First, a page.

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The Holy sites of Jerusalem
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The Holy sites of Jerusalem

The Holy sites of Jerusalem

Jerusalem travel guide

Being the most important city for all major religions, the old city of Jerusalem is probably the most fascinating trip you can make while visiting Israel. The history of Jerusalem combines some of the most important events in Jewish and Christian history alike, and the religious sites spread throughout the city capture the imagination of each and every visitor.

The Wailing Wall (the Western Wall) is the first stop for Jewish travelers in the old city of Jerusalem. It is the only remaining part of the ancient temple of King Solomon which has become the holiest spot in Jewish life and an Israeli national symbol as well. The Wailing Wall is where Jewish worshipers pray in a designated area in front of the holy site; mourn over the destruction of the Temple by the Romans, and wish for the return of Israel’s former glory. They also write their personal requests from G-d and post it in little notes between the wall’s ancient stones.

Mount Zion is another Jewish and Christian holy site you wouldn’t want to miss. According to Jewish tradition, Mount Zion is the burial place of King David. Today, it is one of the most popular Jewish burial sites in Jerusalem. Mount Zion is very significant for Christians as well: according to Christian belief, it is where the last supper was held, in the building identified as the Coenaculum, which is also where Jesus reappeared after his resurrection. According to Christianity, in this area of the city the disciples and early Christians were living at the time. Beyond its history, Mount Zion offers some spectacular views of the old city of Jerusalem.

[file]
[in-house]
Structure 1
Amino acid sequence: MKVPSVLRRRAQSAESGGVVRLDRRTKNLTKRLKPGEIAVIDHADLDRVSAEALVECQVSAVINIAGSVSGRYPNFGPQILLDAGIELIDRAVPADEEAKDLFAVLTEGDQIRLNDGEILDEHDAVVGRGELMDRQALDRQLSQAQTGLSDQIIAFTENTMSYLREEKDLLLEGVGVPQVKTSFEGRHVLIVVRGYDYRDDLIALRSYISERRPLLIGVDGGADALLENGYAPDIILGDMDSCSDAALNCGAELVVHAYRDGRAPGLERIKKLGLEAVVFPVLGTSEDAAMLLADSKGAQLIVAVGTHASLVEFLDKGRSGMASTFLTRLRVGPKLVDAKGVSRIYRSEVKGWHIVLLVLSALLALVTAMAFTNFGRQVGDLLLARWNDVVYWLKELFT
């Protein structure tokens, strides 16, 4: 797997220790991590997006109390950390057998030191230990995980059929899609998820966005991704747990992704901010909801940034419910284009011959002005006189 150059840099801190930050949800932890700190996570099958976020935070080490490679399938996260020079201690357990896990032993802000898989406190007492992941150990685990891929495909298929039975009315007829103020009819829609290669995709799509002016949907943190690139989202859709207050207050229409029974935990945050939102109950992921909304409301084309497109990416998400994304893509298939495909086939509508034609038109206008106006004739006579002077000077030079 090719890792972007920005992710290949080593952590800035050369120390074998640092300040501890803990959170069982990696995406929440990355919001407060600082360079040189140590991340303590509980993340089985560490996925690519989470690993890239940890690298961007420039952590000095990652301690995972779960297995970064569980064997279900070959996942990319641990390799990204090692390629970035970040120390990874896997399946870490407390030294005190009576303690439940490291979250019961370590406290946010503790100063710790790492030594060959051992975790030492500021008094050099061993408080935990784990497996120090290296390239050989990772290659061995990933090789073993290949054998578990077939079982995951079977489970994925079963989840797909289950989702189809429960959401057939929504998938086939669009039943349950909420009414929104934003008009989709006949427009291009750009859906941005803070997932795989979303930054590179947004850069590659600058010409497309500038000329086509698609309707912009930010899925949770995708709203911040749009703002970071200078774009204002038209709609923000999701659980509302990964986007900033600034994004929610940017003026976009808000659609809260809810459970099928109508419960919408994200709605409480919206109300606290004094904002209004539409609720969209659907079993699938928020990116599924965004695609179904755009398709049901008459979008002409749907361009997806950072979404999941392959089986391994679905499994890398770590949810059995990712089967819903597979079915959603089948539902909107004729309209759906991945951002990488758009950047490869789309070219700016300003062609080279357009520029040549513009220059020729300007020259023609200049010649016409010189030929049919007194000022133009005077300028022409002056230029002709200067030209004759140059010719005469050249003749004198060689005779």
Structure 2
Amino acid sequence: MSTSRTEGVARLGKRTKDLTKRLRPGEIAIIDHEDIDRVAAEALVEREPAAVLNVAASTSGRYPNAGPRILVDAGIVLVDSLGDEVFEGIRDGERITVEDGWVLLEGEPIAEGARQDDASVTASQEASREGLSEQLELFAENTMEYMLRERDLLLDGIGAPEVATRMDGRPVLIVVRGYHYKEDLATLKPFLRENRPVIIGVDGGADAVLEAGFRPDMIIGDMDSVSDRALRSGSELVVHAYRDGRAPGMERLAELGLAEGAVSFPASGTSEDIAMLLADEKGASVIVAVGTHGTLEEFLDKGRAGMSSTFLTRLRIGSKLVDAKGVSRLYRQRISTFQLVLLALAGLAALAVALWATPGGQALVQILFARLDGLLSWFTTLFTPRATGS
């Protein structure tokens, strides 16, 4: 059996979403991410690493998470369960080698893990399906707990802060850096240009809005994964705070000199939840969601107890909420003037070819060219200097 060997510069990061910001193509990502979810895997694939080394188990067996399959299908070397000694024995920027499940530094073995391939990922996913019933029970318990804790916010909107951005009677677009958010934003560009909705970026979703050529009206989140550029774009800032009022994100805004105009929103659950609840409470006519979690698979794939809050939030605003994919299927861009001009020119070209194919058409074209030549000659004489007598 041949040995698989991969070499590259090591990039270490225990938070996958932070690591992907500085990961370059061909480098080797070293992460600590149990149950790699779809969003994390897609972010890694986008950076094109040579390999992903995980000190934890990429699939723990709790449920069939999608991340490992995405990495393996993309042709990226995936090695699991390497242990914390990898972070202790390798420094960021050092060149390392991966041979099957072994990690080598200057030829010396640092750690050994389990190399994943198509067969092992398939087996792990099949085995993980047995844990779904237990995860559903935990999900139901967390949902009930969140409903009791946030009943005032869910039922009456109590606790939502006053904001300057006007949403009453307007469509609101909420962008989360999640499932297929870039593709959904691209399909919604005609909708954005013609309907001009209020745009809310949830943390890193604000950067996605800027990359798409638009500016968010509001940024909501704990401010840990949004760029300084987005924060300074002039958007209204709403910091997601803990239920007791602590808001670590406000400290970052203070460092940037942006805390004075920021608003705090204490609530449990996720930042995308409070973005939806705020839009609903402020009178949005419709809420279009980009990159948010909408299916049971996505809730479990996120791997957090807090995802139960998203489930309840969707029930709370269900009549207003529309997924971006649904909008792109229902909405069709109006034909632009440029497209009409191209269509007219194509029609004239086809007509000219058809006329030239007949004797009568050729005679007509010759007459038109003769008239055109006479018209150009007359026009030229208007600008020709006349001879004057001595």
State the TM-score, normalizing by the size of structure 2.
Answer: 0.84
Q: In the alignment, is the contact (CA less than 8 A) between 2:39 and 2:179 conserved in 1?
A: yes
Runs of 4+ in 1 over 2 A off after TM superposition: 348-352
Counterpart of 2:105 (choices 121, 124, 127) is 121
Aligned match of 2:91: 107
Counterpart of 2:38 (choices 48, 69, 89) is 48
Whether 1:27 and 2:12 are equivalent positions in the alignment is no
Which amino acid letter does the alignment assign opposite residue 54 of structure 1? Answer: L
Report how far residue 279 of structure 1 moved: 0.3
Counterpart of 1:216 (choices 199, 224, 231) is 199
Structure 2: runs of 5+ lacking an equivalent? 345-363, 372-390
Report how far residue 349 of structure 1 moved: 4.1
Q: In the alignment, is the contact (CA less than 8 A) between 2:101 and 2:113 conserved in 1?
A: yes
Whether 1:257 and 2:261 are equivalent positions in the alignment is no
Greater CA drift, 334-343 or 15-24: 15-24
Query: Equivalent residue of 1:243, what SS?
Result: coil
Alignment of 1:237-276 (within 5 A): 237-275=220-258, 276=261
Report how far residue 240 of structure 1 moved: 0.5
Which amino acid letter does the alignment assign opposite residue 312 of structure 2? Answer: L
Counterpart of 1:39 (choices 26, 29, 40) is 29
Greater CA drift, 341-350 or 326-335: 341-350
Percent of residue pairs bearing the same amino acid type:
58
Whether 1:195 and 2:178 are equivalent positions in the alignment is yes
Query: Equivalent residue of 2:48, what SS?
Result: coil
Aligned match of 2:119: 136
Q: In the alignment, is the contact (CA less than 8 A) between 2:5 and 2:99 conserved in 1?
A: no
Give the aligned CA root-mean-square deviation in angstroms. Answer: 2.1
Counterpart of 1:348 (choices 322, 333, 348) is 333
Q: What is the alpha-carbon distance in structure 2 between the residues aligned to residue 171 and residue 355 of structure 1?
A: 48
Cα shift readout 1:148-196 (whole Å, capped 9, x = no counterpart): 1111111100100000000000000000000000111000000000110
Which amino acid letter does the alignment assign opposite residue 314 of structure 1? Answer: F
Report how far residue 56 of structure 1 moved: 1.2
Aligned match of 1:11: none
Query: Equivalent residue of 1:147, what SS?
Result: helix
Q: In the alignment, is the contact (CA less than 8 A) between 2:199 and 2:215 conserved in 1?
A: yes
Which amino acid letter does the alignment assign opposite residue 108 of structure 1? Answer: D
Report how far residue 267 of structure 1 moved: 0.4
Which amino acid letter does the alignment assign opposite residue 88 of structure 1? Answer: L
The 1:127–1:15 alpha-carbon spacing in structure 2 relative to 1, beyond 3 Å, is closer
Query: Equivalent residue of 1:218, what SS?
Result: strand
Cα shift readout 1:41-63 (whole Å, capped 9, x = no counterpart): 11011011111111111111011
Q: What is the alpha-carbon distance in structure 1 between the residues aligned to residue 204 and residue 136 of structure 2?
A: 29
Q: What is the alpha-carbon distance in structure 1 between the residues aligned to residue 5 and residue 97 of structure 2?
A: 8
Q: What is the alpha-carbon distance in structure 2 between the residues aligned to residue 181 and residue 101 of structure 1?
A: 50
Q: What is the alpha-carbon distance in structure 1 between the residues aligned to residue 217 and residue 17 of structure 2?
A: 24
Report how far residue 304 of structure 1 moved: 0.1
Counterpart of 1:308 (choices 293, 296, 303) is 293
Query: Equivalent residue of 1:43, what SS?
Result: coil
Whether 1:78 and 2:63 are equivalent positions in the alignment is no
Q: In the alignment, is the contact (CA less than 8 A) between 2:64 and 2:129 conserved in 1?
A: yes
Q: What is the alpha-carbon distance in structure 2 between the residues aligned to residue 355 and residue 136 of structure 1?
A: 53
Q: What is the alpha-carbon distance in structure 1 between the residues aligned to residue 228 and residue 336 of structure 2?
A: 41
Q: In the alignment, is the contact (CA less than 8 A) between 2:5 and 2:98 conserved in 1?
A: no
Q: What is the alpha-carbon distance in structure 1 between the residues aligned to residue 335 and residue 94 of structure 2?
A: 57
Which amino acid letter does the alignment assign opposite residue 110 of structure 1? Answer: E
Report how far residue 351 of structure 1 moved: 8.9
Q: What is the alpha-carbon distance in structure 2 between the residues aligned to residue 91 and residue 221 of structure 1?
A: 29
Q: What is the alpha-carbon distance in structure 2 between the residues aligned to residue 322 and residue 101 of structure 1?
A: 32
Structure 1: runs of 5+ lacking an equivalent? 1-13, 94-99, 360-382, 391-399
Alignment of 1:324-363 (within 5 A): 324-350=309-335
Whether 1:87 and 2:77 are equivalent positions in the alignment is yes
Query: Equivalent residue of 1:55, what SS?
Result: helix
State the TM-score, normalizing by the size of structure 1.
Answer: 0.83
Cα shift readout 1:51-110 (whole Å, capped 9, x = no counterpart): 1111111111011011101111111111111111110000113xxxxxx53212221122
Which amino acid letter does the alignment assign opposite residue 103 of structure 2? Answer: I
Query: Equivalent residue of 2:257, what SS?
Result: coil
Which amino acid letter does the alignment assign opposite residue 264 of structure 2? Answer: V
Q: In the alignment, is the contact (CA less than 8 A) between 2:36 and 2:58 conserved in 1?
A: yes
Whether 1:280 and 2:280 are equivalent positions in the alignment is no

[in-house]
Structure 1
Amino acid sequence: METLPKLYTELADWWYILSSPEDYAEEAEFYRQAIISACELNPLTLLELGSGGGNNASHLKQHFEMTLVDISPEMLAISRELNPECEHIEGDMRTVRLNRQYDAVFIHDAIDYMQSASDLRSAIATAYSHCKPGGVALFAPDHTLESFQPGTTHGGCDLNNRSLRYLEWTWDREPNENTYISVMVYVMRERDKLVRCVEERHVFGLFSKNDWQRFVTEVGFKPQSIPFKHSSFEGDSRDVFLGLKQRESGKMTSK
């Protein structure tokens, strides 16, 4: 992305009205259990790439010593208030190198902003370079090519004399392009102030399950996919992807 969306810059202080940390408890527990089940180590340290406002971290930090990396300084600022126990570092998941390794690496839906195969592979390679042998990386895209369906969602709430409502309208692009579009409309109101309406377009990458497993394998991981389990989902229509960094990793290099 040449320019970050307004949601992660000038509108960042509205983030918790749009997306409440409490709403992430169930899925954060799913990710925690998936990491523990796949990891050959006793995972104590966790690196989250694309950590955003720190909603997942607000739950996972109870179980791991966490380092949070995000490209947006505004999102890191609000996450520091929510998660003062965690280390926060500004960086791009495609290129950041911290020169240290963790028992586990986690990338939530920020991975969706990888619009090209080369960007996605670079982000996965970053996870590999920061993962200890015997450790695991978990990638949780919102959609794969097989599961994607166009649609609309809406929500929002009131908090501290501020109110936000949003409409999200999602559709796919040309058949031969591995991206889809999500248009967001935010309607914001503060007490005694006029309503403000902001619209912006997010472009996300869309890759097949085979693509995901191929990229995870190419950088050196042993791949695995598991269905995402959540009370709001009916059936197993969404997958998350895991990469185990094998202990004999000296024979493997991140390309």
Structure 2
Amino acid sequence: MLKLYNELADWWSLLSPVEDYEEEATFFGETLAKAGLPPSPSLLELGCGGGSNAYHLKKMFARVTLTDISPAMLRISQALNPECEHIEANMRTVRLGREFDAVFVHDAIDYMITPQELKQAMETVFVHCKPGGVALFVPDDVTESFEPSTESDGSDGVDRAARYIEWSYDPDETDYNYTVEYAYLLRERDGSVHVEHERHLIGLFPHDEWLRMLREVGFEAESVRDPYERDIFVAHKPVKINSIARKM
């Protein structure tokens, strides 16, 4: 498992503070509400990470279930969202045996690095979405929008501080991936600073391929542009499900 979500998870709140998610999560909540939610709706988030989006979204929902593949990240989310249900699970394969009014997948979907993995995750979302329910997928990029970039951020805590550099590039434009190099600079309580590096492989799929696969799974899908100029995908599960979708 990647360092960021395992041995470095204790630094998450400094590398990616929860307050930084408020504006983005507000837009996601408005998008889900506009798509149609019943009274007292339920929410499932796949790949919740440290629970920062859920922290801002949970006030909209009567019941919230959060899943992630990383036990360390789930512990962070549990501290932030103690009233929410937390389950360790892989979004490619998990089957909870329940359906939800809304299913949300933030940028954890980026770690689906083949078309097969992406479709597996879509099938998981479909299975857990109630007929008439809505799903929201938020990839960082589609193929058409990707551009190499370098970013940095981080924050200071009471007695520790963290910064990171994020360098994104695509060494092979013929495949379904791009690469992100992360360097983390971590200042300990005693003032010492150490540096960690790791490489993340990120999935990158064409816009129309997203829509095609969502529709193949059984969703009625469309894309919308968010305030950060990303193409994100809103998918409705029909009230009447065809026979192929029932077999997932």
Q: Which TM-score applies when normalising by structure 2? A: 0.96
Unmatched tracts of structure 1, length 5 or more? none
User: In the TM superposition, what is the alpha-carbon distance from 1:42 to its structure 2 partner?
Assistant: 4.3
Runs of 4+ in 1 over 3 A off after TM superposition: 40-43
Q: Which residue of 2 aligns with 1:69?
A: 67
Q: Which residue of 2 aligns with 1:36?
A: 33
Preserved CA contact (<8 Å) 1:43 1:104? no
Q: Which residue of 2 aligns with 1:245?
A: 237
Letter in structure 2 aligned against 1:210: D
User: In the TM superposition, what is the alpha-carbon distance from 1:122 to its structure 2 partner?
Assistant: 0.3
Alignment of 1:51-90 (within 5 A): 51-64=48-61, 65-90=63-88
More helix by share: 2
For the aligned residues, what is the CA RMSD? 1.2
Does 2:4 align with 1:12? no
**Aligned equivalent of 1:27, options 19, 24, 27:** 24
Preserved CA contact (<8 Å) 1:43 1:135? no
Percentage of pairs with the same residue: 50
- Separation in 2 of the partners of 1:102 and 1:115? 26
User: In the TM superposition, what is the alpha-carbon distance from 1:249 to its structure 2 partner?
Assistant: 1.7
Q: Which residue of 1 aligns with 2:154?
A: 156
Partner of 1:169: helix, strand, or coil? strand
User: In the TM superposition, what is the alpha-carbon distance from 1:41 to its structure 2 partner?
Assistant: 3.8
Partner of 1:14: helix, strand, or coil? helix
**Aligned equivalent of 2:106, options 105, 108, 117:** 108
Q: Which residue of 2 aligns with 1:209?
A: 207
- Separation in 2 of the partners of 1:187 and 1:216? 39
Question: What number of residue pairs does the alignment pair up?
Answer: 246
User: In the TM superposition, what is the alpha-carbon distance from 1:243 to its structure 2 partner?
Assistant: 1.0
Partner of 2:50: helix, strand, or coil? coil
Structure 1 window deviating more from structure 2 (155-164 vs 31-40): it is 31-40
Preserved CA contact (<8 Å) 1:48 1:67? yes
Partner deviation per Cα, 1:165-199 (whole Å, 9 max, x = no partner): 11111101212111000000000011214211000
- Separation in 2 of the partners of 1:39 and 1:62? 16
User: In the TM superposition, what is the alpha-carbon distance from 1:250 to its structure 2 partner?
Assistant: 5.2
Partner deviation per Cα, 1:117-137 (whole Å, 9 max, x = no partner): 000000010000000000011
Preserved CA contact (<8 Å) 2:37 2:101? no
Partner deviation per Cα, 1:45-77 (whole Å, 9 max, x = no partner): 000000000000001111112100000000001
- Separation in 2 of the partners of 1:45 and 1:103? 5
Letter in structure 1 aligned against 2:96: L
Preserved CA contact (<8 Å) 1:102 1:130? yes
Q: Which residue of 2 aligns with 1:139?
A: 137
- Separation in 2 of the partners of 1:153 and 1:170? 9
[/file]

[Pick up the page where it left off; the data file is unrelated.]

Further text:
Jerusalem’s vicinity offers several other significant sites for Christian visitors: the nearby Bethlehem, where Jesus was born; the Mount of Olives, where he ascended to heaven, according to Christianity; and the Church of the Holy Sepulcher, which is the first among the Christian shrines in the Old City of Jerusalem, where the resurrection has been celebrated for many centuries as the most sacred place in all of Christendom. Plus there is the Via Dolorosa, the holiest Christian thoroughfare in the world: This path is symbolically reliving the events of the passion, and includes the shrine of the ascension, the Garden of Gethsemane and Mount Zion.

The holy sites of the old city of Jerusalem have defined its nature for thousands of years and still reflect its remarkable history and significance. Visiting some of these sites and wondering through the streets and markets of the old city is an experience you will carry with you for many years after visiting one of the most special cities in the entire world.

The Old City Market in Jerusalem

The Old City Market in Jerusalem

Set along narrow alleys, mostly within the Muslim Quarter, the Old City of Jerusalem is famous with its colorful market called "Shuk" in Hebrew. The market offers a fascinating variety of lively shops and stalls, from mixed nuts and spices, to different kinds of sweets and pastries, vegetables and falafel, along with souvenirs, ceramics and oriental jewels and cloths. Walking around the market you are likely to see the Arab vendors carrying green carts full of their famous delicious bagels, while others are busy selling their goods to the passing tourists. Do not hesitate to bargain for lower prices, it is commonly acceptable. http://www.inisrael.com/tour/jer/vt_market.htm